It was a war And it got complicated for me at the beginning, but we trained for this and we got the knockout. He hit me in the back of the head (in the second) and I crumbled a bit but I was waiting to find my distance and I was able to finish a tough fight.
Molina is a tough fighter. He took some big blows (14 unanswered at the end of the 10th). I was a bit surprised he came back out for the 11th. – LUCAS MATTHYSSE
(Trainer)Joe Goossen had a great game plan and we were sticking to it. Lucas Matthysse is the real deal. Even though he lost to Garcia, he still is the No. 1 rated fighter. I’d love to fight him again. I wanted to continue but the referee and judges have their jobs to do.
It was a helluva fight. This was the fight of the year. I’d like to do it again. – JOHN MOLINA
Photo Credit: Esther Lin/Showtime
CARSON, California — Lucas Matthysse’s return to action produced one of the most dramatic fights thus far in 2014, as the former titlist overcame two knockdowns to score an 11th round knockout against John Molina last night at the Stub Hub Center.
In the main event, Keith Thurman did his job but in anti-climatic fashion when Julio Diaz was forced to retire on his stool after suffering a rib injury. And in the opener, Omar Figueroa was the beneficiary of biased scoring to keep his undefeated record intact with a split decision over Jerry Belmontes. For a night filled with mismatches on paper, fans got three competitive fights that could possibly top what we’ll see next weekend on the Mayweather-Maidana card.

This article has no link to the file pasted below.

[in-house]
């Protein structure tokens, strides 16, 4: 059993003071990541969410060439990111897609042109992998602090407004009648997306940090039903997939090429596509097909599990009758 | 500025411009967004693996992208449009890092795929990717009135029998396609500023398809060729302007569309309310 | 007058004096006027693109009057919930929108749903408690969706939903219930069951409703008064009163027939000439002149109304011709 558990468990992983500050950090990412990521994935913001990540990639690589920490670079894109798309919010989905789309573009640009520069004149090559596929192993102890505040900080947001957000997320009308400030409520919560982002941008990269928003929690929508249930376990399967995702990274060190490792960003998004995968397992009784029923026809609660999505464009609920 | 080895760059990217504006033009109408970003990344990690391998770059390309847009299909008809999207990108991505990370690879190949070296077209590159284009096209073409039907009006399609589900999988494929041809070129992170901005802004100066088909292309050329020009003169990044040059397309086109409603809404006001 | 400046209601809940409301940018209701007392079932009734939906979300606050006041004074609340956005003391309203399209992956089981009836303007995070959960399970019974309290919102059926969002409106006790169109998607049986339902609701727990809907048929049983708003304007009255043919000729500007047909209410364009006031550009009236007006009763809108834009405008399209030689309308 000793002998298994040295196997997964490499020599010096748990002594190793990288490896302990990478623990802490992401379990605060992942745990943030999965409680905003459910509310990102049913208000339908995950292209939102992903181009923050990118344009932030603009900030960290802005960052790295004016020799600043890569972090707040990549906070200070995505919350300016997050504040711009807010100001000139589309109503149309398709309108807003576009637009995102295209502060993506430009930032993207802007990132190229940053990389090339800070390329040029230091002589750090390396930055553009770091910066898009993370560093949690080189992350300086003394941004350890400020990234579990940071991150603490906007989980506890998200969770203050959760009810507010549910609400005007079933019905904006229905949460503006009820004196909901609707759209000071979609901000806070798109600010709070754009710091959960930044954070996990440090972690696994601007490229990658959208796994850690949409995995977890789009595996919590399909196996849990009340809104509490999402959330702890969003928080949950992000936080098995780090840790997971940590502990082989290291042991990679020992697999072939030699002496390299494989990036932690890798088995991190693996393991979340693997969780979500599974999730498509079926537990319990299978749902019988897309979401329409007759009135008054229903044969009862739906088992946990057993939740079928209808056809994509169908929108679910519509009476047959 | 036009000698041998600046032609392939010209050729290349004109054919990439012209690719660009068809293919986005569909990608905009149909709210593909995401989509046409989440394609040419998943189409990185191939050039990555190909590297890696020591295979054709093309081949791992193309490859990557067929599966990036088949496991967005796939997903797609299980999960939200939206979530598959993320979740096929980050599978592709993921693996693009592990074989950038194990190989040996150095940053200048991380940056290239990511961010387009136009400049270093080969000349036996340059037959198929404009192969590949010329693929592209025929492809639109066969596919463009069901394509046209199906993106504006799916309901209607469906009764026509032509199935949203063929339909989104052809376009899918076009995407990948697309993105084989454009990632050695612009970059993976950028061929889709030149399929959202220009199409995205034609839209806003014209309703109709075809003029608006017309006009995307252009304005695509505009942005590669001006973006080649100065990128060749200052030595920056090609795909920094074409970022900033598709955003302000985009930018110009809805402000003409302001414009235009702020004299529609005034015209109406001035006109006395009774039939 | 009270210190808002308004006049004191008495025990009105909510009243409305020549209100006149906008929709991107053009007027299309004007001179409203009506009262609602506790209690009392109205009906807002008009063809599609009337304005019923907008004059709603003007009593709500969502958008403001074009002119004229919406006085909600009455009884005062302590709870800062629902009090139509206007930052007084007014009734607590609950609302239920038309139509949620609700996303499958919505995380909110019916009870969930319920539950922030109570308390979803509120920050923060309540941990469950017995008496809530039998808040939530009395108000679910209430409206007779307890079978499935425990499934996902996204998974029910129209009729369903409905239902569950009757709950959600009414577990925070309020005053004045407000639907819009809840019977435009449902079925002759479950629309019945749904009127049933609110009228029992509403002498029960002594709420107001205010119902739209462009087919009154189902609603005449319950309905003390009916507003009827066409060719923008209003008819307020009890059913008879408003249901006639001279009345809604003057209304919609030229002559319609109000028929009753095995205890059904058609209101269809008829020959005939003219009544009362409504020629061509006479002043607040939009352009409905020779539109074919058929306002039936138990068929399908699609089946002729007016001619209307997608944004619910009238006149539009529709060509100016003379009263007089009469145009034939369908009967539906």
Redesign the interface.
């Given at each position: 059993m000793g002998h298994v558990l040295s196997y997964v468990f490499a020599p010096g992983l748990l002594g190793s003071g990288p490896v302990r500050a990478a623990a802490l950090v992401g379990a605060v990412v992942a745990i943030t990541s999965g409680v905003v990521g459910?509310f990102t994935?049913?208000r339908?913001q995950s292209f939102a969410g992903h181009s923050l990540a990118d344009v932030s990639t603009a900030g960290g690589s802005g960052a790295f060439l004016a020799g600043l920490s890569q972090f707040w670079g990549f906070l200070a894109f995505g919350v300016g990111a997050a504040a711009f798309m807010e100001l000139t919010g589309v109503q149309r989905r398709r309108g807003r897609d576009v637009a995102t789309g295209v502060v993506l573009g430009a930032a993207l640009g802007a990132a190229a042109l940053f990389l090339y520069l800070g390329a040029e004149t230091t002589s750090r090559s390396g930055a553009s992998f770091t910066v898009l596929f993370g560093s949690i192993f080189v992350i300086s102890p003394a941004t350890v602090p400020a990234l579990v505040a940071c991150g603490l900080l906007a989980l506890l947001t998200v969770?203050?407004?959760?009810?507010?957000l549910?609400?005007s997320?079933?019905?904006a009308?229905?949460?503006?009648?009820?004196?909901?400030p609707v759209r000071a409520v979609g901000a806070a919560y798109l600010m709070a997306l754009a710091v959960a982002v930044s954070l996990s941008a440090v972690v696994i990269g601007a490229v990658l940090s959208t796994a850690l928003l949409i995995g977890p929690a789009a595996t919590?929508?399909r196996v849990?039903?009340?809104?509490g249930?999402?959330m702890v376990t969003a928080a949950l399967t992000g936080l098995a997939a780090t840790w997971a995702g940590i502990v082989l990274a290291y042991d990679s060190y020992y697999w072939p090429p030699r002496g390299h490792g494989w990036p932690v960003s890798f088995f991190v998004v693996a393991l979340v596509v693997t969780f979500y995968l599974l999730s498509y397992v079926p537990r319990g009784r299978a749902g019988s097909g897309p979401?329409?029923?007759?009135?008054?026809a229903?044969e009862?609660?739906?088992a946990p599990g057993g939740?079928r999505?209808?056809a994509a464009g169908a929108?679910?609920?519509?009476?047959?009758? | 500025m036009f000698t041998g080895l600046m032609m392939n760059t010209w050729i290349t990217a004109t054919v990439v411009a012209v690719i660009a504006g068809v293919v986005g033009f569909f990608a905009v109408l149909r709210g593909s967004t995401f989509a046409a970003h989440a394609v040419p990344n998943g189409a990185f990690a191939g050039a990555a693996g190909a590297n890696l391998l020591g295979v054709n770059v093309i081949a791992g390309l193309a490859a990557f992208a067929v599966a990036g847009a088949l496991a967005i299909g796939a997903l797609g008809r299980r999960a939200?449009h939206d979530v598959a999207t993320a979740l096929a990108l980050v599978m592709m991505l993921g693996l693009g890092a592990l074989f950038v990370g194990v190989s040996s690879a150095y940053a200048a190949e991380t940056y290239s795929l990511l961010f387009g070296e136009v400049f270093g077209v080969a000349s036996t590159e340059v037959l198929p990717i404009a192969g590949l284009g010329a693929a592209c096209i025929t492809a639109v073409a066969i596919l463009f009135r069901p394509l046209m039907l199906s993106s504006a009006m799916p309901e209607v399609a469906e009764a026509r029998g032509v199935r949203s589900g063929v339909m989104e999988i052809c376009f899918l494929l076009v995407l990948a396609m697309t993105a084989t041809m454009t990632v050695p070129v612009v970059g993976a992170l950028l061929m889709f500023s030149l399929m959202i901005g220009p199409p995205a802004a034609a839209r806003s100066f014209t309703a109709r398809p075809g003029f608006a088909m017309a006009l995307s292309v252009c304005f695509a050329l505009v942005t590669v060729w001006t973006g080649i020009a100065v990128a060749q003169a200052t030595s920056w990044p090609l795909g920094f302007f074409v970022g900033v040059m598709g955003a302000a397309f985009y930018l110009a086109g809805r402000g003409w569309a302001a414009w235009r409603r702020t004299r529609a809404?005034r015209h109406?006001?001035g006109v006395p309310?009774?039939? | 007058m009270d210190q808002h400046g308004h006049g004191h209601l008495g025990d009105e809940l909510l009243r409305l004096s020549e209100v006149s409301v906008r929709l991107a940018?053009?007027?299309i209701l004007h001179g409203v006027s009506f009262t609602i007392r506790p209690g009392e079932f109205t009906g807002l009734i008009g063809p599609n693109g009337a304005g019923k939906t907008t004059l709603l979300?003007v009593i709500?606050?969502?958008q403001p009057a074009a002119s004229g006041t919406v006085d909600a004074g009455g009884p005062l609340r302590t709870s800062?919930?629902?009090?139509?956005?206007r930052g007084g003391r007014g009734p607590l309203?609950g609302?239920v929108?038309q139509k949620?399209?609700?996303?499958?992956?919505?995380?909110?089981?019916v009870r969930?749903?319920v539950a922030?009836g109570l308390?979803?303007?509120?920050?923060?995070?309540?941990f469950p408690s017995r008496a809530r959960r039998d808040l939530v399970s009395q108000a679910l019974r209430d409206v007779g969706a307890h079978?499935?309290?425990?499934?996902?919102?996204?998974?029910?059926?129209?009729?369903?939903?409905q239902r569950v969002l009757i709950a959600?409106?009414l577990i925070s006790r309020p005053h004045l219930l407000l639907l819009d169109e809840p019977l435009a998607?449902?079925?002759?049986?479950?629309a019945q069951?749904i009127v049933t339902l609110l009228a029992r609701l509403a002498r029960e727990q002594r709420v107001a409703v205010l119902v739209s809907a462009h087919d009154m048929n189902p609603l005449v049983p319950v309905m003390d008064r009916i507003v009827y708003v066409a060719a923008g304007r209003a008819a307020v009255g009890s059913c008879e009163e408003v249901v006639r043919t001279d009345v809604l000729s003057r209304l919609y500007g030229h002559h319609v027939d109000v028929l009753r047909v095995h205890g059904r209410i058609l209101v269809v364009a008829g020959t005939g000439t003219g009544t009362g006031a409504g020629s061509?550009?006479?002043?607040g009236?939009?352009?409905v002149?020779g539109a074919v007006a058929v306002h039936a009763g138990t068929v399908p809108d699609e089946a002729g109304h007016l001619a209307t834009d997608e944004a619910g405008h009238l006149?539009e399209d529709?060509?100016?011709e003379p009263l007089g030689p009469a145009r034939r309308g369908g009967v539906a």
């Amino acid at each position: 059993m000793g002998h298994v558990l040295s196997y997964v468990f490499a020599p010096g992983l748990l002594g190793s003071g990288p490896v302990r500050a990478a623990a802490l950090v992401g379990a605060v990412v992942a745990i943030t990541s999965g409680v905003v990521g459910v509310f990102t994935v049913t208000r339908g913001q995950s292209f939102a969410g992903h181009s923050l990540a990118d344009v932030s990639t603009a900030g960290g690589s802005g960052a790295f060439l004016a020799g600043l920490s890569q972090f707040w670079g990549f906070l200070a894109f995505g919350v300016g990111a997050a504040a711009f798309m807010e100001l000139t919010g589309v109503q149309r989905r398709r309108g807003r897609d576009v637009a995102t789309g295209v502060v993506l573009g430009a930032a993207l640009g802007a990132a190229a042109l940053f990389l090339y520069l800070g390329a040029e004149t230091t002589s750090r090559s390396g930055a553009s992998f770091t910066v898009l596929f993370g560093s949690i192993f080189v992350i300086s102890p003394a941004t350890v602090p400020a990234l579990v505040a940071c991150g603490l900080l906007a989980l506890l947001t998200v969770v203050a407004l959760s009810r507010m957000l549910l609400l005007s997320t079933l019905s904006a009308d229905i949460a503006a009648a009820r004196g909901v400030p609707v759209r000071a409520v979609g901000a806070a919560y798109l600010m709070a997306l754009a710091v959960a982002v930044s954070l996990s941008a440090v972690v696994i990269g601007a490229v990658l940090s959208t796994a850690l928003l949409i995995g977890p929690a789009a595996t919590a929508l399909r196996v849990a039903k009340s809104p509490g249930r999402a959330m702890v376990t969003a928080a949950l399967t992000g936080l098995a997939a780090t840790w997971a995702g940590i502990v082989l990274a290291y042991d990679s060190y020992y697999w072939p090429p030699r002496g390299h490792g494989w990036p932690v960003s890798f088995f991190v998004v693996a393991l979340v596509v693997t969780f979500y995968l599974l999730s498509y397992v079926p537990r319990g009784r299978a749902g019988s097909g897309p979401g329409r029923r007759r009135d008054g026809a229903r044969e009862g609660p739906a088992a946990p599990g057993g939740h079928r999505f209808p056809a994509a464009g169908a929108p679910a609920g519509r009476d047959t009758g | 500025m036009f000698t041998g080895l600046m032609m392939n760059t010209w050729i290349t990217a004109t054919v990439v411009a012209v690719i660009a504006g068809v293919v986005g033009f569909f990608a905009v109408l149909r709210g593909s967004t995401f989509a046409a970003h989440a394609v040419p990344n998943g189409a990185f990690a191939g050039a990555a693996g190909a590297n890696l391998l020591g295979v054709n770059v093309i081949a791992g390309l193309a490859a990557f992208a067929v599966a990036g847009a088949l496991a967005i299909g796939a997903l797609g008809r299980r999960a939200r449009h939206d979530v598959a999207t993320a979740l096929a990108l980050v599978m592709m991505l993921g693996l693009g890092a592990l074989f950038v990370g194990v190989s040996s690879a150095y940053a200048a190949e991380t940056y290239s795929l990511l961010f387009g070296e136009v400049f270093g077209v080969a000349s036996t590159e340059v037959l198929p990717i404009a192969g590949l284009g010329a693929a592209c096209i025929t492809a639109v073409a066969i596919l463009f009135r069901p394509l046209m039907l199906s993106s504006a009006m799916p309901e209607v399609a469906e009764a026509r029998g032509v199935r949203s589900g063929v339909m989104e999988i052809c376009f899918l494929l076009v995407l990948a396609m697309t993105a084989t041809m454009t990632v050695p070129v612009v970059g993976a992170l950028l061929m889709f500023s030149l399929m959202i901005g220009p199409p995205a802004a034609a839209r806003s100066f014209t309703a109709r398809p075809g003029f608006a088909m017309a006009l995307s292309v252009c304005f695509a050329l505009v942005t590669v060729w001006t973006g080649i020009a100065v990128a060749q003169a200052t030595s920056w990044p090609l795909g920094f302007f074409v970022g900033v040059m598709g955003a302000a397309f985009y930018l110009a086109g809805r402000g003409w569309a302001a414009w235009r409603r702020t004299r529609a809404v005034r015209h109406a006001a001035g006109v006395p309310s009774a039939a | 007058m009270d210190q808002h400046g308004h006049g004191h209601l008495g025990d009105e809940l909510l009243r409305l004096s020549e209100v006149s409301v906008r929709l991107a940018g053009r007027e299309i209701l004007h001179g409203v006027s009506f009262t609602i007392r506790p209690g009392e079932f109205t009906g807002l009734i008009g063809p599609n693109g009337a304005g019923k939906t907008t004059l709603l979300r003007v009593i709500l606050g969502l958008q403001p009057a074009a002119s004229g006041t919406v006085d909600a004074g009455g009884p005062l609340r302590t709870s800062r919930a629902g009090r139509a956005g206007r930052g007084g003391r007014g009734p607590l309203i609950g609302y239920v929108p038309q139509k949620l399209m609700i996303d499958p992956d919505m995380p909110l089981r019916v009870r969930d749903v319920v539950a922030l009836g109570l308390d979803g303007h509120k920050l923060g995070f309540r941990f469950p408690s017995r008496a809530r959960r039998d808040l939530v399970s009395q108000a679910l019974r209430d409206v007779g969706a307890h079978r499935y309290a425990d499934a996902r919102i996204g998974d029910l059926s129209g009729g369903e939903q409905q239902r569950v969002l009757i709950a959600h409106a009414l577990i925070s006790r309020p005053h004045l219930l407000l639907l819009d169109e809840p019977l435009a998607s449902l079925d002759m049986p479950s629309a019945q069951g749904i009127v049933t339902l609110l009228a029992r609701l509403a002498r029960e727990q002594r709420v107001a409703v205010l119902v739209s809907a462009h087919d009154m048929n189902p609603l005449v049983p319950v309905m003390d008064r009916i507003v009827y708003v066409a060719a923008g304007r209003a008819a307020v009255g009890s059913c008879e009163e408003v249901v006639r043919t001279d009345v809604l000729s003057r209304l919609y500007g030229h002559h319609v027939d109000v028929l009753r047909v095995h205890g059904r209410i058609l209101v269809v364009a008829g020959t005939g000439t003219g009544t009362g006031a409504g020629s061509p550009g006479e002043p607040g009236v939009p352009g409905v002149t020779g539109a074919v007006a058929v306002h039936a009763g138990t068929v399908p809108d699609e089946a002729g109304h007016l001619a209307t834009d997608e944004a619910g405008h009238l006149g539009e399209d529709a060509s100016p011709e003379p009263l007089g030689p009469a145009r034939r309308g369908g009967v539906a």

MOLINA A LIGHTWEIGHT NO MORE: Despite coming up from lightweight, Molina towered over Matthysse in height and girth, looking much more solid and powerful at 140 pounds. The simmering tension was broken in the final minute on round one when Molina stunned and wobbled Matthysse with an overhand right. Matthysse recovered, but found himself in a deeper hole in the second when a short, clubbing right hand dropped him to his knees.
Last night was just Molina’s second bout at 140 since November, but he’s already shown this is where he belongs. People had a right to be skeptical going in, but last night’s performance should erase any questions about his durability still lingering from the 2012, Antonio DeMarco 1st round KO loss.
MATTHYSSE LIVES UP TO HIS NICKNAME: After getting rocked in the first, dropped in the second, and cut badly above the left eyebrow via a head butt in the third, most fighters would understandably get gunshy and a bit out of sorts at the string of bad luck.
His response to adversity shows why in spite of his limitations, the man is unquestionably a top fighter at junior welterweight. Matthysse pressed forward the entire fight, pounding home a ramrod jab, slashing hooks to the body, and chopping rights upstairs. When Molina lingered inside, Matthysse made him pay with vicious left hooks. By the middle rounds, Molina’s face had become mis-shapen, and the side of his head exhibited a bloody gash that resembled a gunshot wound.
Outside of the second and fifth, the two rounds Matthysse was dropped in (the latter was definitely a foul to the back of the head), you could make a valid case for Matthysse winning every round.
A WARRIOR’S STAND: Matthysse was winning the rounds, but Molina made sure he got a painful receipt every three minutes. Whenever Matthysse appeared close to ending it, Molina would buy more time with a heavy right hand haymaker. A left hook followed by a shove gave Matthysse a sketchy knockdown of his own in the eighth, but the real story was Molina being clearly on fumes at the bell with Matthysse close to a stoppage win.